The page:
Unrealistic deadlines are contributing to the present confusion. We need only think of the concession on indefinite leave to remain which, although it was supposed to be completed by May 2004 and then in December 2004, has still not been completed in July 2005. People contact Members of Parliament because they hear about the deadlines, and assume they have missed out because they have heard nothing from the Home Office. The upshot of all the delays and the uncertainty is that people feel that it pays to disappearand some of them do. That makes effective removals difficult, and leads to headlines about illegal-immigrant numbers such as those that appeared in the press last week.
I am also concerned about the quality of entry clearance officers' decisions. Since 1992, I have seen thousands of standard refusal notices from ECOs that do not seem adequately to reflect the complexities of many cases. The stereotyping of questions and of circumstances and the way in which interviews are conducted, especially in the case of applications from the Indian sub-continent, are extremely unhelpful. The system of interviewing needs to be modernised to meet the changing and varied realities of visa applications. ECOs enjoy enormous power, but are not currently subject to proper scrutiny by the Foreign Office. Consequently, in many cases genuine applicants for visits are refused visas.
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While we have been admirably flexible in many of our dealings with European migration, we make applicants from countries such as India jump through hoops. That, I feel, is a sad way in which to treat a Commonwealth country where so many people have such personal ties to our population in the United Kingdom.
As I said earlier, there has undoubtedly been some progress, both in attitudes and administratively, as a result of reforms in the previous three immigration-related Bills passed by the last Government. Further progress has been made in dealing with immigration cases at the Home Office. But although I am a strong supporter of much of what this Government have done, I also have a duty to my constituents to raise concerns on their behalf, and to act as a voice for the frustration that many of them feel daily.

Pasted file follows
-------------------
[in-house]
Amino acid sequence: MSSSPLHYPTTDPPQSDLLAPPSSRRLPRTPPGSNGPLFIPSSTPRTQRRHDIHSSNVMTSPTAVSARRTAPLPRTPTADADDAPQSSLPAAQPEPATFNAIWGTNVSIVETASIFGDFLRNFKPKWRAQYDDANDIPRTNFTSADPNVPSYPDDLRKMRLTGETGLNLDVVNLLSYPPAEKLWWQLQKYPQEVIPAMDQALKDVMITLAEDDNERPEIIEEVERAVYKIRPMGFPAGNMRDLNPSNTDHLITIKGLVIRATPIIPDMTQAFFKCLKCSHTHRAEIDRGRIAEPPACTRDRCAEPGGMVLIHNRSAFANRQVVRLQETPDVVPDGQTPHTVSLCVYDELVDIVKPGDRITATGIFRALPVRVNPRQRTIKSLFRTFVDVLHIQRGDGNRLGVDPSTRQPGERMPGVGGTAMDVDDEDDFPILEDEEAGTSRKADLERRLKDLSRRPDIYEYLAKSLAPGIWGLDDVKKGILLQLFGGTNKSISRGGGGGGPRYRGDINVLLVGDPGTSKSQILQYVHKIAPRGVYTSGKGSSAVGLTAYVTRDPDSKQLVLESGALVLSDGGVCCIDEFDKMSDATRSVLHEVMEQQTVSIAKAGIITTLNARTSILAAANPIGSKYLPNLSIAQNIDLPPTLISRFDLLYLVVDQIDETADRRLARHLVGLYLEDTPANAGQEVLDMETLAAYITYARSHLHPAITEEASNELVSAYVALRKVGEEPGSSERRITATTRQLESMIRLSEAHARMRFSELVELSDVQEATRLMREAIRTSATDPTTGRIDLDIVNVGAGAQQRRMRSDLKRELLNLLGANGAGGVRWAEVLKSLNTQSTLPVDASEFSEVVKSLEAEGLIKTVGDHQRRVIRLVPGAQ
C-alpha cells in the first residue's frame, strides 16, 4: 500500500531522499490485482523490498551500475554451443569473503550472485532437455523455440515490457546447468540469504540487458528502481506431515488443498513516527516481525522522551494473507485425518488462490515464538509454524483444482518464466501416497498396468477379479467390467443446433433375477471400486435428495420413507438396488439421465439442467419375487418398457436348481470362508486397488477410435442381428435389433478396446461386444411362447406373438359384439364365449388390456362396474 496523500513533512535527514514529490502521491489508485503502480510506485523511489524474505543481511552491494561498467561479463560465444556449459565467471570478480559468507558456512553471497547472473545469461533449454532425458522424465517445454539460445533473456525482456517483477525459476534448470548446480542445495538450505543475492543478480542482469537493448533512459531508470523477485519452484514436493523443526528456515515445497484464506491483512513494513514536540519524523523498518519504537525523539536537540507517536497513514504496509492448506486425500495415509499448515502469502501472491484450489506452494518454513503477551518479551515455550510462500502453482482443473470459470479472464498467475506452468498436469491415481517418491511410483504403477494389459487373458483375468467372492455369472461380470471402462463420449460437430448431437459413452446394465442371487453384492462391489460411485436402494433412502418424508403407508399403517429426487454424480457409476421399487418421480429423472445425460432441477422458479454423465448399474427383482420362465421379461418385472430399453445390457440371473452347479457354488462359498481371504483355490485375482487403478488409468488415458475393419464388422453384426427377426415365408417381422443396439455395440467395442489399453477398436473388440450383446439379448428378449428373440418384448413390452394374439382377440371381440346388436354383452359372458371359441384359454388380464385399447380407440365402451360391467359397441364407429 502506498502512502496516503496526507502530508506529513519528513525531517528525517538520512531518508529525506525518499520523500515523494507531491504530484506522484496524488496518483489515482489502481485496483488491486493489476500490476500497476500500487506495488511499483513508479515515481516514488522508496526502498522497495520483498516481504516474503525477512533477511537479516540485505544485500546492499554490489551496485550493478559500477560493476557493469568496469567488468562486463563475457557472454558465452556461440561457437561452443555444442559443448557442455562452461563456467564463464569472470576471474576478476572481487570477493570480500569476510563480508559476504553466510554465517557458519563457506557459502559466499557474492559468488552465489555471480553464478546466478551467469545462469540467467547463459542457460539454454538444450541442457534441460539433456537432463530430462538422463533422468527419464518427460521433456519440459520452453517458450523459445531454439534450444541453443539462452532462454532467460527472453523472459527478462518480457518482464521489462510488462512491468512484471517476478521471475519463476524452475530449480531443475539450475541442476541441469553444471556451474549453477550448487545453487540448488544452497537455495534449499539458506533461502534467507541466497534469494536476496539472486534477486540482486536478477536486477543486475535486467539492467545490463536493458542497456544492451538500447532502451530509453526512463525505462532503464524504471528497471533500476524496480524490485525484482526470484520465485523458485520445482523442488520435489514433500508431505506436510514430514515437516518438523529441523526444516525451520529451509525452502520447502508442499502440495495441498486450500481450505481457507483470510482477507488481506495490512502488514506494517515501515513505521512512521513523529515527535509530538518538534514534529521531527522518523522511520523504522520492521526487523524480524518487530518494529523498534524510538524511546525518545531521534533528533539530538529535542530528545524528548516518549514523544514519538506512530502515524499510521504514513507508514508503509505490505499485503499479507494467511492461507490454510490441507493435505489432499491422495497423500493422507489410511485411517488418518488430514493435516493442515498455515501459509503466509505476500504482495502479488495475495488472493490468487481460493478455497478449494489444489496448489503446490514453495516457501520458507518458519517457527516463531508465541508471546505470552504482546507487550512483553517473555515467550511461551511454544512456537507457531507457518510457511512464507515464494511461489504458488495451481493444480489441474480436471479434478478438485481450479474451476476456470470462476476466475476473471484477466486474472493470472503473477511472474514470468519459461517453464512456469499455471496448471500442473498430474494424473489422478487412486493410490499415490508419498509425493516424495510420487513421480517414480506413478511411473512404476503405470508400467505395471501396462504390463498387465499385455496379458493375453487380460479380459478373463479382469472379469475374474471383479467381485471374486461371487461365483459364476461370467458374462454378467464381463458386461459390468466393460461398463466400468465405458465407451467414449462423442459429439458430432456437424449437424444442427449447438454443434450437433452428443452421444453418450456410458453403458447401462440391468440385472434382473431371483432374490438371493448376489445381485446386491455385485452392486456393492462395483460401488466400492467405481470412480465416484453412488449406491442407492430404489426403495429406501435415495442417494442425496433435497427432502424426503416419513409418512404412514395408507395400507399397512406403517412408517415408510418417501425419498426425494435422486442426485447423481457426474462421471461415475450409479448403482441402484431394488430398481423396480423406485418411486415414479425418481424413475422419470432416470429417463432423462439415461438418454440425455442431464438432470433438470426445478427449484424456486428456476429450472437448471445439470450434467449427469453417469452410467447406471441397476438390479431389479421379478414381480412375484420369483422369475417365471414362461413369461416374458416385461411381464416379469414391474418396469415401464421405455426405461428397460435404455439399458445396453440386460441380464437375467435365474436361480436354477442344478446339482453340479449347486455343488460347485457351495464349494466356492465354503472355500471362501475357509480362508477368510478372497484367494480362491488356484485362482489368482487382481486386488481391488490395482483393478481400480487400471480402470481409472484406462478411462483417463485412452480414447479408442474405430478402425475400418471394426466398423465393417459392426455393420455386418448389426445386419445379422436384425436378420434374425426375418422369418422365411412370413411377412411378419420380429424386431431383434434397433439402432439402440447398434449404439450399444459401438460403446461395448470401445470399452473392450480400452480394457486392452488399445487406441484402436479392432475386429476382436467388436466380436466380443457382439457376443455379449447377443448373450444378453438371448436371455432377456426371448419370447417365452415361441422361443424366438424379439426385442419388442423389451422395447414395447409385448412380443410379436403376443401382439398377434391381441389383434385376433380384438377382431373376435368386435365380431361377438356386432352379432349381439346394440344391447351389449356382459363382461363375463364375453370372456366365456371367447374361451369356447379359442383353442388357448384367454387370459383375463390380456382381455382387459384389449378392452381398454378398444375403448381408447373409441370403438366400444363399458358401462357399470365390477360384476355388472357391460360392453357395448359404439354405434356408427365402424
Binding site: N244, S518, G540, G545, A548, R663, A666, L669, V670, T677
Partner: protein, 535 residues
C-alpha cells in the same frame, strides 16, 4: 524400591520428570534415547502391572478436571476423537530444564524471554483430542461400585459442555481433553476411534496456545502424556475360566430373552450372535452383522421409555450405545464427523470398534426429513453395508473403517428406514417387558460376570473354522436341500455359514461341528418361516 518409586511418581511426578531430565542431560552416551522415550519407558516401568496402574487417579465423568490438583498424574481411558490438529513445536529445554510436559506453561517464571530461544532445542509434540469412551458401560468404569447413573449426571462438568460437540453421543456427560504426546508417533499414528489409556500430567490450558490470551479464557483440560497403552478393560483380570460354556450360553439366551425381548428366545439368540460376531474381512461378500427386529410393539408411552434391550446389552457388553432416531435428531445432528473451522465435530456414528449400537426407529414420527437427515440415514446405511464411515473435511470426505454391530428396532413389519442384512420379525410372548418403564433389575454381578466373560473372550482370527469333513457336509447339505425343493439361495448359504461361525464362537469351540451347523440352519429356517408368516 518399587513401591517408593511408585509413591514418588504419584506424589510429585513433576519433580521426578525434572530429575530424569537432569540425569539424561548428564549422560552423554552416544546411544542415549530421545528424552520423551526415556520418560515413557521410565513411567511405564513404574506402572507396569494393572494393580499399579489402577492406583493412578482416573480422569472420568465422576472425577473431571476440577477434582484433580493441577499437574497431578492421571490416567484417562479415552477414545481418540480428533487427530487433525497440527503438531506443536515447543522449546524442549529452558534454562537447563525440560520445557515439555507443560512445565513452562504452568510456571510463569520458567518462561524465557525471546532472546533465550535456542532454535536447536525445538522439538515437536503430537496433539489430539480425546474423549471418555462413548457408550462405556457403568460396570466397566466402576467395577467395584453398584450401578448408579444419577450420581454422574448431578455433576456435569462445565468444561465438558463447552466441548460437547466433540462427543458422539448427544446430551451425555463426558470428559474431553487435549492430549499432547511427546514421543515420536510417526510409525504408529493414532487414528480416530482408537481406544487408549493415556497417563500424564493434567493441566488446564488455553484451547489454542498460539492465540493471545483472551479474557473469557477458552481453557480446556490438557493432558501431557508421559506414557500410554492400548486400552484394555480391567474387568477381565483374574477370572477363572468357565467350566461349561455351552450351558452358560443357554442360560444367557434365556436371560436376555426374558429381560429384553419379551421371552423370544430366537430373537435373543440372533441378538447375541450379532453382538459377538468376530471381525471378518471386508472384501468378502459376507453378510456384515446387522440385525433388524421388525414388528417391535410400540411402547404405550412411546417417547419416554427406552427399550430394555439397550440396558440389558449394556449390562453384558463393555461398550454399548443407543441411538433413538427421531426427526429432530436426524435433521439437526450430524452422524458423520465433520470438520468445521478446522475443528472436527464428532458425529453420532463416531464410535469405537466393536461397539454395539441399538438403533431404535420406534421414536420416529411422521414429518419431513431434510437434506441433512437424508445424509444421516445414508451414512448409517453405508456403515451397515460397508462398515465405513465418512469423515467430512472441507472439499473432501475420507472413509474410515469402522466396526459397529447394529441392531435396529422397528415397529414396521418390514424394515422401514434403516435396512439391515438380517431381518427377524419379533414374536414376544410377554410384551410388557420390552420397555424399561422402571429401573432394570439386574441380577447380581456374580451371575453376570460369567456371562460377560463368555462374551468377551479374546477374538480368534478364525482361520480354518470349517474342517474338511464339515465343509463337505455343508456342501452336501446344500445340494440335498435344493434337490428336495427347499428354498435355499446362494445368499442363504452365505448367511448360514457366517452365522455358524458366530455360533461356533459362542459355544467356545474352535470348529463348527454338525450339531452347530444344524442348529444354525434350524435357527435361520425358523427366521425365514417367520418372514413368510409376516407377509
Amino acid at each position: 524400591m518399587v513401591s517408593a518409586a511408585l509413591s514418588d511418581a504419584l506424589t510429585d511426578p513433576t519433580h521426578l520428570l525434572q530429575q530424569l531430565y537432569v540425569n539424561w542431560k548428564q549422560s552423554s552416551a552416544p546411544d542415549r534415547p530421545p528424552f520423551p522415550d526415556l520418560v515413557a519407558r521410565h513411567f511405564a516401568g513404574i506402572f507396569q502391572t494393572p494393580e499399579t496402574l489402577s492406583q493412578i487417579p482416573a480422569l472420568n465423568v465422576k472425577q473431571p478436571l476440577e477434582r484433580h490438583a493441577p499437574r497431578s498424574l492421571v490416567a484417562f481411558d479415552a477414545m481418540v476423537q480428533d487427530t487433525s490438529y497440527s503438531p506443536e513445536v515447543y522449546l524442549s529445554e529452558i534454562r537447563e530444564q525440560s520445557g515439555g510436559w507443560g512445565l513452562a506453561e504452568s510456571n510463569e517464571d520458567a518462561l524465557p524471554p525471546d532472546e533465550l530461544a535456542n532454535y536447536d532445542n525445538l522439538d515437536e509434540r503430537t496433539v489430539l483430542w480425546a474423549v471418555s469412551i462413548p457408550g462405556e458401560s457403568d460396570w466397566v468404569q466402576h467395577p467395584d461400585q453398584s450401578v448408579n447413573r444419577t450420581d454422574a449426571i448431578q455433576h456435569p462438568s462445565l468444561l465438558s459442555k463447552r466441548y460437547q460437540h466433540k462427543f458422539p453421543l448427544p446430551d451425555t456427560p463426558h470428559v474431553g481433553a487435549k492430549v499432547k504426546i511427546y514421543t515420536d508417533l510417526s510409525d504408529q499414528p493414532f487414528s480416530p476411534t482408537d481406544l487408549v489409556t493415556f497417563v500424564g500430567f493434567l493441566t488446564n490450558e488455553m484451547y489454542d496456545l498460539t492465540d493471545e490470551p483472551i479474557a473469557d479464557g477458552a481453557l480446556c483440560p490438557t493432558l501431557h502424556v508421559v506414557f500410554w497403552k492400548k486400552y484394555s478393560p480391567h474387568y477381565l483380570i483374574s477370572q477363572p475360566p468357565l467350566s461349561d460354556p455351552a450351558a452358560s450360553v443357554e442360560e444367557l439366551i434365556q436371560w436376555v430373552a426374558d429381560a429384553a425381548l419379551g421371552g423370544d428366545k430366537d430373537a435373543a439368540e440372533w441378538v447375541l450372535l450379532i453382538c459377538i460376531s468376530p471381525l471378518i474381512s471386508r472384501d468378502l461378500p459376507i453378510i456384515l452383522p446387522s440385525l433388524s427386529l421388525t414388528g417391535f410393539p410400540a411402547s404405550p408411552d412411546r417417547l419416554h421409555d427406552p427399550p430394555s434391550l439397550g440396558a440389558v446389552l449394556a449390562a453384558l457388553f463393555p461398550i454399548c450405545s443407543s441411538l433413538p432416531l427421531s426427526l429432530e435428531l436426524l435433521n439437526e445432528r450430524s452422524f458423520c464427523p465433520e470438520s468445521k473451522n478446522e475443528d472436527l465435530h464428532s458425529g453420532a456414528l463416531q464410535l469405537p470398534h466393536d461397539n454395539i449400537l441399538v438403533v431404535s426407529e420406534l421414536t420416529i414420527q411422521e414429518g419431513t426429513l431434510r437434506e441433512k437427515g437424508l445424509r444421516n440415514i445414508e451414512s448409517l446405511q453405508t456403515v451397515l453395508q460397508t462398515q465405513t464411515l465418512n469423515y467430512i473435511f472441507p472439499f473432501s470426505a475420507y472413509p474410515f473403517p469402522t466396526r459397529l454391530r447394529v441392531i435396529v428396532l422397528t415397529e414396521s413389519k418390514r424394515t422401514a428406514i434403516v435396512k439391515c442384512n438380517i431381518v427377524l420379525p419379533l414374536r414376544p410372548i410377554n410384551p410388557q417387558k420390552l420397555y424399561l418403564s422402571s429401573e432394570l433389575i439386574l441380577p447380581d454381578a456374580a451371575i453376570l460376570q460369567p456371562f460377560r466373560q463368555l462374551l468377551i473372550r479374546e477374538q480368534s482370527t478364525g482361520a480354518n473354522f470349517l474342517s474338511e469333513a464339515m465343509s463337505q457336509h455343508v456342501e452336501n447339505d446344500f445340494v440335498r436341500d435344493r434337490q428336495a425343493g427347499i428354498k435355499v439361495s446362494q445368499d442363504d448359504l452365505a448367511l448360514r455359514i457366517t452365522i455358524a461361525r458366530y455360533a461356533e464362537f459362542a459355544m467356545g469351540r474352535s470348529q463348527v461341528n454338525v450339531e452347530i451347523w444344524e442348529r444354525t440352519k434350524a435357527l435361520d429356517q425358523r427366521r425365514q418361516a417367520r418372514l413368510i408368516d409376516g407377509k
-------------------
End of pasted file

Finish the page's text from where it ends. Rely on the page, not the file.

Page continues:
We have it in our power to make the system work, but we need to show that we have the will to follow through on our promises. Let us not waste the progress that we have made on community cohesion and economic prosperity. Instead, let us show that a well-managed, efficient and flexible immigration system can be a truly great asset to our country's prosperity. I support the Bill.
Mr. John Horam (Orpington) (Con): The hon. Member for Leicester, East (Keith Vaz) said that he has spoken in every immigration Bill debate since entering this House. I am afraid that I have to tell him that until now, I had never spoken in such a debate, but there is always a first time, even for someone who has been in the House as long as I have. Perhaps because this is my first such debate, I have found it extremely interesting and rewarding. It has been so not merely because of the expertise demonstrated by the hon. Members for Ealing, Southall (Mr. Khabra) and for Leicester, East, but because of the passionate and sincere speech of my hon. Friend the Member for North-East Bedfordshire (Alistair Burt). The whole House listened to him with rapt attention, and I hope that he will get a proper reply from the Minister who winds up the debate.
I accept that the Bill is a specific measure that implements the five-year plan, puts into primary legislation the provisions necessary to bring that plan to fruition, and deals with some anomalies in the law. There are many aspects of it that I support. It is necessary for officers to have the power to obtain information from airlines and shipping lines, for example, and to have powers of search. Indeed, I am surprised that such powers have not already been included in primary legislation.
I also accept the point that was madevery well madeabout employment practices. The hon. Member for Orkney and Shetland (Mr. Carmichael) rightly said that in many ways, it would have been better if the Government had enforced existing laws more effectively, rather than introducing new ones. There is sometimes an inverse relationship between the Government's effectiveness and the amount of legislation that they introduce.
The appeal process is a very important issue. Non-experts and non-lawyers such as myself enter into this area with some trepidation. Members in all parts of the House have referred to the difficulties associated with
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the current appeals system, and the Prime Minister himself has been quoted in this context. The shadow Home Secretary pointed out that it is certainly possible that eliminating the appeals process could lead to less rigorous decision making. If such a process does not exist, such decisions could be taken less carefully and thoroughly.